Residents of Ayodhya remember the years from 1989 to 1992 representing repeated invasions by ‘kar-sevaks’, police firing resulting in deaths, and the final culmination in the awful event of the demolition on December 6, 1992. During the years I lived in Faizabad-Ayodhya, from 2008 to 2011, it became clear to me that the announced activities and events of the Vishwa Hindu Parishad had little or no local support. Instead, the same small coterie of supporters was always visible at their events, just as I noticed on the small screen at the recent ‘Shila Poojan.’
Does the ‘shila poojan’ by Mahant Nritya Gopal Das, presently heading the Ram Janmabhoomi Nyas, signify a return to those orchestrated rituals that defined the movement for a temple at Ayodhya? Though a movement of that scale seems unlikely to repeat itself today, there is enough to suggest that preparations for the Uttar Pradesh assembly elections in 2017 have begun in earnest. It would help us to look at the ‘shila poojan’ in the context of how Hindutva groups have mobilised people here in the past two years.
In recent years, Durga Puja had emerged as a potential focus of communal tensions. Riots following a Durga Puja procession in 2012 led to nearly a hundred shops and businesses of the minority community being torched in Faizabad chowk, at the centre of the town. This was notwithstanding the fact that the district administration had taken note of the increasing use of Durga Puja pandals for communal mobilisation, and had banned the installation of new pandals all the way back in 2009. The provocation for the riots in 2012 – a minor incident involving a young girl who was part of the procession – only served to precipitate the mood set by prior events involving some by now well-known political actors.The idol at Devkali temple, where Sri Rama and his brothers are said to have had their tonsure or ‘mundan’ ceremony, was stolen some weeks before the festival. Yogi Adityanath, MP from Gorakhpur promptly came to Faizabad and made speeches in which he, while directing the local administration to act with all haste against the culprits, repeatedly implied that it must have been members of the minority community who had stolen the idols. The gang of thieves, later caught on the Indo-Nepal border, were found to be antique-smugglers; all of them Hindus. This factual inconvenience notwithstanding, the 2012 riots in Faizabad succeeded in casting Yogi Adityanath as a fresh icon among groups of young men in the region, especially after the likes of Vinay Katiyar had stopped visiting as often as during the 1990s.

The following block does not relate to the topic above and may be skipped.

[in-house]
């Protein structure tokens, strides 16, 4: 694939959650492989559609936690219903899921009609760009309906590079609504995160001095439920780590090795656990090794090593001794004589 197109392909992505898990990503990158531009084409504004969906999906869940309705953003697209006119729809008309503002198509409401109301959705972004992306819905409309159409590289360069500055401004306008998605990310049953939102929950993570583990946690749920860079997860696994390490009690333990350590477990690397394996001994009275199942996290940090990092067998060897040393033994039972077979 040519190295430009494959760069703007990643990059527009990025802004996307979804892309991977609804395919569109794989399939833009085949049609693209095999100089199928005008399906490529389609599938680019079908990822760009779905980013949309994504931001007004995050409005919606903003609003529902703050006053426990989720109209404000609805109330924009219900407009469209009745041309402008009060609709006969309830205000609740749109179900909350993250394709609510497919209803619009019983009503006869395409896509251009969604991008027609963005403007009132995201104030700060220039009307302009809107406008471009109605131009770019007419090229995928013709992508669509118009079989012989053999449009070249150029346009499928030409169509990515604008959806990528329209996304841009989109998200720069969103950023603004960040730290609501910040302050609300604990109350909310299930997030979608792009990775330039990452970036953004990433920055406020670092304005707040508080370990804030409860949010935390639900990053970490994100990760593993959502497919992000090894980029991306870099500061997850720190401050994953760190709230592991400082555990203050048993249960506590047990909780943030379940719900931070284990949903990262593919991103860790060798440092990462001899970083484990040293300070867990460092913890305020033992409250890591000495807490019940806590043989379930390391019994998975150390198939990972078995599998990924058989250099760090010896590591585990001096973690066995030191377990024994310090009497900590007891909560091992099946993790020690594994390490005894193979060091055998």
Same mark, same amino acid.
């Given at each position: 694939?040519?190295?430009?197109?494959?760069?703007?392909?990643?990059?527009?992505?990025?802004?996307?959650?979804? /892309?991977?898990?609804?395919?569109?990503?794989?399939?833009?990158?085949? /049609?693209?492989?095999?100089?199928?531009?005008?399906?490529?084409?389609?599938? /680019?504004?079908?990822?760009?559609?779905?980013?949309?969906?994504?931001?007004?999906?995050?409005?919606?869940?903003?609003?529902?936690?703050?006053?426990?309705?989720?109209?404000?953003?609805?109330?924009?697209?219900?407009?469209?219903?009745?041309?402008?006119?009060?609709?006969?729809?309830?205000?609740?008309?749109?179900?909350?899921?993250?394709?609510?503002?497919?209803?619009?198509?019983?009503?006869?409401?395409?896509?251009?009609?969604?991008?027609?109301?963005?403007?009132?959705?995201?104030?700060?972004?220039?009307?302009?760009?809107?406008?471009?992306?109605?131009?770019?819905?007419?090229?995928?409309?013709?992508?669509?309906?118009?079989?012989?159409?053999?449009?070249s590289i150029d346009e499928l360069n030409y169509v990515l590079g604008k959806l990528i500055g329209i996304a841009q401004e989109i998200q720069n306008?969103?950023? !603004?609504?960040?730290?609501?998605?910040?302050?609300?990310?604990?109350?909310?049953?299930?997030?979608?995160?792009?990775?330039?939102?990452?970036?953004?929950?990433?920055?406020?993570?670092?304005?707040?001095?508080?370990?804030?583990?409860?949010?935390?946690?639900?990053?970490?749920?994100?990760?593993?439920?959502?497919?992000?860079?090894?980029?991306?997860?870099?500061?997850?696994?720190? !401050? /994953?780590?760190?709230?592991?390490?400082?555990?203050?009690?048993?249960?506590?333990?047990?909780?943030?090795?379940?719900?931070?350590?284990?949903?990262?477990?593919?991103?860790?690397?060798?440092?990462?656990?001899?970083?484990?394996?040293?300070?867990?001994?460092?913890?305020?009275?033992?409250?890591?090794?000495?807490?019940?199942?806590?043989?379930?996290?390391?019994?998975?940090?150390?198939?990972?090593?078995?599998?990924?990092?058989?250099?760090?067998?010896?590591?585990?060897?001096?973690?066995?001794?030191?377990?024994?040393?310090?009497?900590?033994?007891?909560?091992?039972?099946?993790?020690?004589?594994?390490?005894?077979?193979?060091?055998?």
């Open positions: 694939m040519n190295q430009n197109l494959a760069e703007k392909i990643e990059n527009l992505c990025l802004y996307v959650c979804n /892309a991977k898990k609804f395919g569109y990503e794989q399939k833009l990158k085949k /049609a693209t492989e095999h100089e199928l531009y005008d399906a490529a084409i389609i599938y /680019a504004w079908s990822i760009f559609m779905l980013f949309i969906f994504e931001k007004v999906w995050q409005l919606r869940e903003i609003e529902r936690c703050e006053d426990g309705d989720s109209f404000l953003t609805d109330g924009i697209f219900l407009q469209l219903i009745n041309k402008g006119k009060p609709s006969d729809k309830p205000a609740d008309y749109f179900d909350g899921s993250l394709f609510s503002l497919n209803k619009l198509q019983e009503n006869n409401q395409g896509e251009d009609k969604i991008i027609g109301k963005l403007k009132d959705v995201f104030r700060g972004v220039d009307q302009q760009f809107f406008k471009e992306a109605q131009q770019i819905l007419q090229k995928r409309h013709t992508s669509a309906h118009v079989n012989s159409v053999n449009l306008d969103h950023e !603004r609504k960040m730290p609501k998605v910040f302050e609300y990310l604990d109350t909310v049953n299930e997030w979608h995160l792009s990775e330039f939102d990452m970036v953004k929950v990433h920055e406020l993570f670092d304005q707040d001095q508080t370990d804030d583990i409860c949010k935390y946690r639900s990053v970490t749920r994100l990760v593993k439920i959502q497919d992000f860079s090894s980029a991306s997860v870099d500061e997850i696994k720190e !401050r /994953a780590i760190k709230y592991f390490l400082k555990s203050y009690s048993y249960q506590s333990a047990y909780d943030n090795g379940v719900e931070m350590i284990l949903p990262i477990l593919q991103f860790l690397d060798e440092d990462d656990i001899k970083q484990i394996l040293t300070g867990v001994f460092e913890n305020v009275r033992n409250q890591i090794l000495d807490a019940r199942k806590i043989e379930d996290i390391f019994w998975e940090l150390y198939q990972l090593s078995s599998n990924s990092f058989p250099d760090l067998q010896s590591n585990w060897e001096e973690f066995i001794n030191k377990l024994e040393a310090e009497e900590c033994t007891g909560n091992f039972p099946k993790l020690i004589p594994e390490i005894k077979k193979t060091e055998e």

It is these groups who announced the celebration of December 6 as ‘bhagwa diwas’ or saffron day from 2014, and designed a logo for the same. Whatsapp messages were sent to Faizabad residents weeks in advance last year, asking them to raise the saffron flag on their homes and buildings. This was the first anniversary of the Babri demolition that was to be celebrated after the BJP had gained such a big majority, and their supporters probably felt the need for a new image. The BJP leadership however frowned on these efforts and nipped them in the bud last year itself, before they became an established tradition; the state head, Laxmikant Vajpeyi, made official statements disowning the occasion. Rather than any disowning of the ‘saffron’ tag or the iconic triangular flag, this was because December 6 has always been celebrated by the VHP as ‘shauryata diwas’ or valour day after December 1992.
The abortive attempt to establish ‘bhagwa diwas’ in Faizabad-Ayodhya last year can be seen as the inevitable skirmishes between competitive strands of Hindutva over this symbolically rich land. The followers of Yogi Adityanath wanted to stand up and be counted, as do the volunteers of the Hindu Mahasabha, who took out a procession on December 5, 2014 – ostensibly to campaign for the Saket Degree College student body elections but also to shout slogans straight out of the Ram Janmabhoomi movement.